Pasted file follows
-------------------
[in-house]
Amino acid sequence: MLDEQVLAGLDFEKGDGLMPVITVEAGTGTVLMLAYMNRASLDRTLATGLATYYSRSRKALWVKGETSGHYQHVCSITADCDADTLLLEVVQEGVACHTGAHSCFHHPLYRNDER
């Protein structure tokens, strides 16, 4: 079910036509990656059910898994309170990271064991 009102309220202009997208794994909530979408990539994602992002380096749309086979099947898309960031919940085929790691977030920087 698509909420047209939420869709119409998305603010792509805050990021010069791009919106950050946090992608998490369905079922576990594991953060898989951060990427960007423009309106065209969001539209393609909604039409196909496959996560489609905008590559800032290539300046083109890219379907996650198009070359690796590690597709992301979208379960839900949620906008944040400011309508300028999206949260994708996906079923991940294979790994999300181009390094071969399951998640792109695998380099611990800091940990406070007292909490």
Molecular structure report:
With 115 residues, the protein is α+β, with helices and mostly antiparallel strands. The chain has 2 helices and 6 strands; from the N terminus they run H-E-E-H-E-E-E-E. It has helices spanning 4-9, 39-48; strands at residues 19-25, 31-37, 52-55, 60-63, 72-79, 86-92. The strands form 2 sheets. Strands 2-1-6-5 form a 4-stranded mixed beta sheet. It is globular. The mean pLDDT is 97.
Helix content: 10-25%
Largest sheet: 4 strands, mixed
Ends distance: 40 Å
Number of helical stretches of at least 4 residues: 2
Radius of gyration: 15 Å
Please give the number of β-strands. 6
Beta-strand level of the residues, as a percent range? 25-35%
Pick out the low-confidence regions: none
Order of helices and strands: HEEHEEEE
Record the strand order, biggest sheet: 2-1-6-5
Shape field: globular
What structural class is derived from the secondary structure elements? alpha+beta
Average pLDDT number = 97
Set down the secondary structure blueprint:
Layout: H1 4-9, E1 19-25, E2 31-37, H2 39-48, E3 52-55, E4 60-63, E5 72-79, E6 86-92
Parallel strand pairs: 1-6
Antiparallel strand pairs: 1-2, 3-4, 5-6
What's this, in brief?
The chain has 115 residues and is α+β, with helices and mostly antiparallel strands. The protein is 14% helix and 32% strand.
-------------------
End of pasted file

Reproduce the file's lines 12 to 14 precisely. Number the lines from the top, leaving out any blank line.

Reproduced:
Beta-strand level of the residues, as a percent range? 25-35%
Pick out the low-confidence regions: none
Order of helices and strands: HEEHEEEE